The compliance date for this AD will be 35 days after the date the AD is published in the
KLM indicated that accomplishing SB 391001-49-16255, Revision No. 2, dated March 1, 2011, and our AD will not prevent high pressure turbine blades from failing.
We do not agree. The root cause of the failure of the HPT blades is excessive load resulting from extreme engine distress, which leads to turbine exhaust duct separation. Accomplishing SB 391001-49-A16255, Revision No. 2, dated March 1, 2011, will mitigate excessive load by modifying the rear gas generator case, exhaust duct support and the turbine exhaust duct flanges. We did not change the AD based on this comment.
KLM noted that not all APUs can be modified during an overhaul. Therefore, extra man-hours will be required to perform this modification.
We do not agree. The man-hours indicated in the SB and in this AD are sufficient to modify the APU. The number of hours required to perform an engine overhaul is not the subject of this AD. We did not change the AD based on this comment.
Southern Air indicated that compliance paragraph (e)(1) is misleading wherein it states “within 42 months after effective date of the AD or the first time any maintenance is done other than preventative maintenance, whichever occurs first * * *.” Southern Air believes the statement should read: “42 months after the effective date of the AD or when maintenance which requires unmating of the flanges, or overhaul, whichever occurs first.”
UAL indicated the term “preventative maintenance” in paragraph (e)(1) is vague and ambiguous. UAL noted that as currently stated the AD would have to be accomplished if one was replacing a line replaceable unit like an exciter or starter. UAL suggested that the maintenance be accomplished when the exhaust support duct is accessible, i.e., removed from the APU.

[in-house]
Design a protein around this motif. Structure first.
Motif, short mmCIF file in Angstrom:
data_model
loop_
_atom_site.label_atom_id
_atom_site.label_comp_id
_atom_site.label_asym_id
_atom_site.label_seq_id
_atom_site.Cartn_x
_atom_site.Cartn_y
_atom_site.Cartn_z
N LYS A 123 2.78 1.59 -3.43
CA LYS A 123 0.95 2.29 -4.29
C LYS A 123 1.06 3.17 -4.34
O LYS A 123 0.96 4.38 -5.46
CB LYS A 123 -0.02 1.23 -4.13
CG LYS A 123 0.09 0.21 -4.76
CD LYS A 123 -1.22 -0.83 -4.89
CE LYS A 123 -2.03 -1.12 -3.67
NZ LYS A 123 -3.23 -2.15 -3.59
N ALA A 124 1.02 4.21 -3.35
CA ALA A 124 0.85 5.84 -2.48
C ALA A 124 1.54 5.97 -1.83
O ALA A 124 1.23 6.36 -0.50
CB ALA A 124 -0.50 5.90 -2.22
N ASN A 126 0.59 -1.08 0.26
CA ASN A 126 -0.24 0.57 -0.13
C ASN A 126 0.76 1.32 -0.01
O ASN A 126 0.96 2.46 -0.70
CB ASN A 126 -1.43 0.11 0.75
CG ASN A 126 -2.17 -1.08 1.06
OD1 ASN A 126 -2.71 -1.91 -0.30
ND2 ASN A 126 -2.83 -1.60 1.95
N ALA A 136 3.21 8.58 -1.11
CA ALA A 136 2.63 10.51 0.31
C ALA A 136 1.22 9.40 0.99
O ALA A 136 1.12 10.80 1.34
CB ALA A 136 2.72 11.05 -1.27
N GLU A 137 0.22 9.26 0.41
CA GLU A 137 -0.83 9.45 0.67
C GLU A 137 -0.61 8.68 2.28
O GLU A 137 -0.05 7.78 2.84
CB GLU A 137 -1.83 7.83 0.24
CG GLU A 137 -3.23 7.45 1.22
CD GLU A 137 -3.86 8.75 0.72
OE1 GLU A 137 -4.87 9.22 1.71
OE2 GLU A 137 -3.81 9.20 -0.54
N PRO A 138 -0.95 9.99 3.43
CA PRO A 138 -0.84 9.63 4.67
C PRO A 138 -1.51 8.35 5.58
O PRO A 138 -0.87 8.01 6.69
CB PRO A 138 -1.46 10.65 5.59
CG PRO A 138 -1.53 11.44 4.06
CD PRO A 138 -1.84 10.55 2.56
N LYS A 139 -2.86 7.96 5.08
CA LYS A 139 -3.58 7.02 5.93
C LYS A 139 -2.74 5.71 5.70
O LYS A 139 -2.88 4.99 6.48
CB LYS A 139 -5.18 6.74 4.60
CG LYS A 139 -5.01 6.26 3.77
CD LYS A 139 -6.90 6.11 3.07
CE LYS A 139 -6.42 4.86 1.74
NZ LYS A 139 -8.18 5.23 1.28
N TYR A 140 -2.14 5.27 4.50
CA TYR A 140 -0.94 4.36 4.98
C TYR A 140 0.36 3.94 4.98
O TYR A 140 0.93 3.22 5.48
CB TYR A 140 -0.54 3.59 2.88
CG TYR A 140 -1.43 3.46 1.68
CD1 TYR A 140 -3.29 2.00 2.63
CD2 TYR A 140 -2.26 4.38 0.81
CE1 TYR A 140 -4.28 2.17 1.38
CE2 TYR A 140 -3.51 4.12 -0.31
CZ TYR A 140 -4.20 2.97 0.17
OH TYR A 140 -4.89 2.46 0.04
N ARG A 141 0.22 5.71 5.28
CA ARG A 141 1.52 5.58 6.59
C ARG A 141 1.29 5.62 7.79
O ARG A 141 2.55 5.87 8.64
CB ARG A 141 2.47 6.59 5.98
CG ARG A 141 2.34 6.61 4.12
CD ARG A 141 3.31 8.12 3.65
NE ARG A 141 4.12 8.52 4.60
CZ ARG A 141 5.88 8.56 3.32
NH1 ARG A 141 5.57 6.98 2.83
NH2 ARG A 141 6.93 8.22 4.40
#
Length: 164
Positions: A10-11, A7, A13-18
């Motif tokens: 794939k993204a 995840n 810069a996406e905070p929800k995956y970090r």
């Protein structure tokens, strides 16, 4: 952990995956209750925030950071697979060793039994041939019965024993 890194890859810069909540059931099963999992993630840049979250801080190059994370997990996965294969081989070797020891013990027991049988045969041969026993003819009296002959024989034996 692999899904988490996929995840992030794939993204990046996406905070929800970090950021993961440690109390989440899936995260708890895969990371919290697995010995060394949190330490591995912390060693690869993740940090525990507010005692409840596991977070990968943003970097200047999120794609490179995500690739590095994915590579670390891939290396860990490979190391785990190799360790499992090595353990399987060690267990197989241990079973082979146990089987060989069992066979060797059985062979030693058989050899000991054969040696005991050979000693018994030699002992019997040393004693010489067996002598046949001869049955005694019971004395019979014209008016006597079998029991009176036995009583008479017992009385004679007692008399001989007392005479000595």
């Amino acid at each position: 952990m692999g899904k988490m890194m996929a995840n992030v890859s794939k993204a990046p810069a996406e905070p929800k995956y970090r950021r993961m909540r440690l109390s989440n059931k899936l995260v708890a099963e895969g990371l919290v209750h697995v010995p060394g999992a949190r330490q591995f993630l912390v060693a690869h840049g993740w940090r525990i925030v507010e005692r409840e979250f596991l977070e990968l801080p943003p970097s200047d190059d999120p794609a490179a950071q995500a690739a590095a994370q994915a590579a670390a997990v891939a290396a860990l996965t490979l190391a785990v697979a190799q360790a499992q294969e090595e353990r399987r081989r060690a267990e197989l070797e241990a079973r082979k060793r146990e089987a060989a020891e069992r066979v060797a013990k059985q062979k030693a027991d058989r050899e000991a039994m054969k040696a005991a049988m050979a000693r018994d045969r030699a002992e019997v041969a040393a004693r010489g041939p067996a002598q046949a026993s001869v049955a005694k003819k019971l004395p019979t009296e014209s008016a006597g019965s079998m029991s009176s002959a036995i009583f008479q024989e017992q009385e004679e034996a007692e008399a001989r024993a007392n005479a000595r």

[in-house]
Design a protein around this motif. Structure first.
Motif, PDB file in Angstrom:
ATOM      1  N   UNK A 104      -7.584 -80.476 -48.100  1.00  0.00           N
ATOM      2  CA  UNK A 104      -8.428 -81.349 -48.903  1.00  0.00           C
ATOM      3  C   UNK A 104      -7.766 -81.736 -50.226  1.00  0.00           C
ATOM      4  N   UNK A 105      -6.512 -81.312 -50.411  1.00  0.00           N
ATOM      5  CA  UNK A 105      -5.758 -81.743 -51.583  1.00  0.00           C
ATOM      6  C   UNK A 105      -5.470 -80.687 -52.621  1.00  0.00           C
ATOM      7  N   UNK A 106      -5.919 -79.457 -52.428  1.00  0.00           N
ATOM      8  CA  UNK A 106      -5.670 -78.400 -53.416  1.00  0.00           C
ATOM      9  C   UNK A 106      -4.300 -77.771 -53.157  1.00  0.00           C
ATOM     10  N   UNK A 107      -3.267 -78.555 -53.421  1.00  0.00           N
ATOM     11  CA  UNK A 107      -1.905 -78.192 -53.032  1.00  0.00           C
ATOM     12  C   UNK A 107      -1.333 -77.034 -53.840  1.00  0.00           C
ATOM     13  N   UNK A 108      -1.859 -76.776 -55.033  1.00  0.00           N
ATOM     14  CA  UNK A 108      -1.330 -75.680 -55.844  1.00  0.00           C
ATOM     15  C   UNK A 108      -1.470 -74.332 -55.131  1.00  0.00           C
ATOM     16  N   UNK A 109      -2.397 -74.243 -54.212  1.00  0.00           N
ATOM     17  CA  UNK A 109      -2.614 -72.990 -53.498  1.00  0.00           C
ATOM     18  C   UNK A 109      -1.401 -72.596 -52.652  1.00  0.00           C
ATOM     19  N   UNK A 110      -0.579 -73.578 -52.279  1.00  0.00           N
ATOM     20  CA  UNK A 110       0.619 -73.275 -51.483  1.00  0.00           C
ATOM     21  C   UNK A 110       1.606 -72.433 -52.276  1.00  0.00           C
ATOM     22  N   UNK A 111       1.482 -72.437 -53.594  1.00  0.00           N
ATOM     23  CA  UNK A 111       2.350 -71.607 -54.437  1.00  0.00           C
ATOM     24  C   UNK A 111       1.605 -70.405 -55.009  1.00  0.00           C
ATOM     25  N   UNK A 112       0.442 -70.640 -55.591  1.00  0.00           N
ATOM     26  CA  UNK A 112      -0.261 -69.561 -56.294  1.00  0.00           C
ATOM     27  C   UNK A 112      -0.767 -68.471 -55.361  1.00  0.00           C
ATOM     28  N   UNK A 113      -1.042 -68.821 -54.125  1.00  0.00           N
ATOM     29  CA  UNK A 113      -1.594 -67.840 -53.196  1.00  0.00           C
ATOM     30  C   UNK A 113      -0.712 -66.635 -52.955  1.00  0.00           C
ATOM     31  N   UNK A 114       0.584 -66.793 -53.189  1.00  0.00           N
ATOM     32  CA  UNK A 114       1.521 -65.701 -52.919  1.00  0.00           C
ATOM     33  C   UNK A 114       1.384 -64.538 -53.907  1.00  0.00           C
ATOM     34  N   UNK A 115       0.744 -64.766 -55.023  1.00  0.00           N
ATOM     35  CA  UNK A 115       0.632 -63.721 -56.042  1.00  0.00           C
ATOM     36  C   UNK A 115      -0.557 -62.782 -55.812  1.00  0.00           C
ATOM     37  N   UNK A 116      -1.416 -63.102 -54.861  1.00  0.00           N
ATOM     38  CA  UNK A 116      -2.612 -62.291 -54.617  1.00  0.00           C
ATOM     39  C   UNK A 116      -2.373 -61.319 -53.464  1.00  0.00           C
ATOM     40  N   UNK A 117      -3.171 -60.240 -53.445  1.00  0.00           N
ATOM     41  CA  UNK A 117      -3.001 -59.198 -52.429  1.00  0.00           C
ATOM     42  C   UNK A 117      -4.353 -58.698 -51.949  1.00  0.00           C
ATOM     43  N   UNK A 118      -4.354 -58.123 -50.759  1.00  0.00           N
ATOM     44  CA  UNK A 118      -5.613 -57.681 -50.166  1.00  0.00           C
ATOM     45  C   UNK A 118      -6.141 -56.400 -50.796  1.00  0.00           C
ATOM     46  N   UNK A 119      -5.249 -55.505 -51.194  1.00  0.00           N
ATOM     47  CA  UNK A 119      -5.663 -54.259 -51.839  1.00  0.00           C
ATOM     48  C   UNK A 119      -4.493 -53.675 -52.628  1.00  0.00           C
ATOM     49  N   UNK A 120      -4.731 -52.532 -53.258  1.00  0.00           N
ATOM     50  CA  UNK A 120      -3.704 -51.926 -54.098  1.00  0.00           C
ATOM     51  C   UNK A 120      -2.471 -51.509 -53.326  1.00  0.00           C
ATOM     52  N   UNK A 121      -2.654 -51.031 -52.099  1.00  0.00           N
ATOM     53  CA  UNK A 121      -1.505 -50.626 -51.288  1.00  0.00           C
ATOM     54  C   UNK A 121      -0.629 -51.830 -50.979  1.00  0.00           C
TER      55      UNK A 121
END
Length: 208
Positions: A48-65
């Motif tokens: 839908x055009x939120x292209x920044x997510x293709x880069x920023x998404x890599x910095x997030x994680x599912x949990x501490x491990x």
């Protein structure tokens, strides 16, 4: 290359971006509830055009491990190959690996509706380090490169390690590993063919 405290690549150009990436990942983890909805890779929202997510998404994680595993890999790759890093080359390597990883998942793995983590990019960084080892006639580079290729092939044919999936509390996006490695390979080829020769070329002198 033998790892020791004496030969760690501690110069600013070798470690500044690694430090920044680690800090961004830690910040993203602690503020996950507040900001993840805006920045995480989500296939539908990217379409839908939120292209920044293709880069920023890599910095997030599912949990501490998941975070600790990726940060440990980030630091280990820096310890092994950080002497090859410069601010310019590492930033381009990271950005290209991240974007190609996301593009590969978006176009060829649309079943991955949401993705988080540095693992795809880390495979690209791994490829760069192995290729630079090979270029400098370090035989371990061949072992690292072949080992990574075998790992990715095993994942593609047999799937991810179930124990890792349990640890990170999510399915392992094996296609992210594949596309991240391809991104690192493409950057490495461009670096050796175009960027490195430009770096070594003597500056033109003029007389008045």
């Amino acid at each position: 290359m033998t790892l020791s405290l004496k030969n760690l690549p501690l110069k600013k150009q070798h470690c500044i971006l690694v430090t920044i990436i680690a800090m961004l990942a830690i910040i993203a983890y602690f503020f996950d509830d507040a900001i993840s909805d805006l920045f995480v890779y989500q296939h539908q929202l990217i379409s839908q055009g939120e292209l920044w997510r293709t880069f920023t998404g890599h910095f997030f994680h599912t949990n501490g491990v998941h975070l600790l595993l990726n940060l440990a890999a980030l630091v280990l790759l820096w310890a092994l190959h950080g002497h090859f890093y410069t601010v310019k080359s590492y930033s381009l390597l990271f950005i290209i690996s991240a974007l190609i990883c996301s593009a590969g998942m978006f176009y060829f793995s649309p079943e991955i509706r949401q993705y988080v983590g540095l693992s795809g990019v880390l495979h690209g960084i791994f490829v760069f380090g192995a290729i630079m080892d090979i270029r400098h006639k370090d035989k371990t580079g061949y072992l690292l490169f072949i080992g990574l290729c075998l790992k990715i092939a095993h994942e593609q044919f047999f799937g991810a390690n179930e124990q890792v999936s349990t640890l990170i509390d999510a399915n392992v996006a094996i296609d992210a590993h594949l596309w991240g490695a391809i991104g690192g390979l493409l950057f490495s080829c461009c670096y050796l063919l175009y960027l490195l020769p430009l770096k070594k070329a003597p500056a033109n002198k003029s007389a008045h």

We agree. We changed paragraph (e)(1) of the AD to read “Within 42 months after the effective date of this AD or the first time the APU or module is at a maintenance facility that can perform the modifications, regardless of the maintenance action or reason for APU removal, whichever occurs first, modify the rear gas generator case, exhaust duct support, and turbine exhaust duct flanges.”
UAL commented that several steps in the accomplishment instructions in P&WC SB No. 3910001-49-A16255, Revision No. 2, do not offer an increase in safety and should not be mandated by the AD. UAL noted that the component maintenance manual offers sufficient instructions to perform the required modifications.
We do not agree. UAL did not identify any unnecessary steps, we know of none, and our inquiry of the OEM did not identify any unnecessary steps. If the OEM determined that the component maintenance manual was adequate, it would have been referenced in SB No. 3910001-49-A16255, Revision No. 2. We did not change the AD based on this comment.
KLM asked that since the APU was originally certified to a TSO should the certification basis be maintained during the lifetime of operation.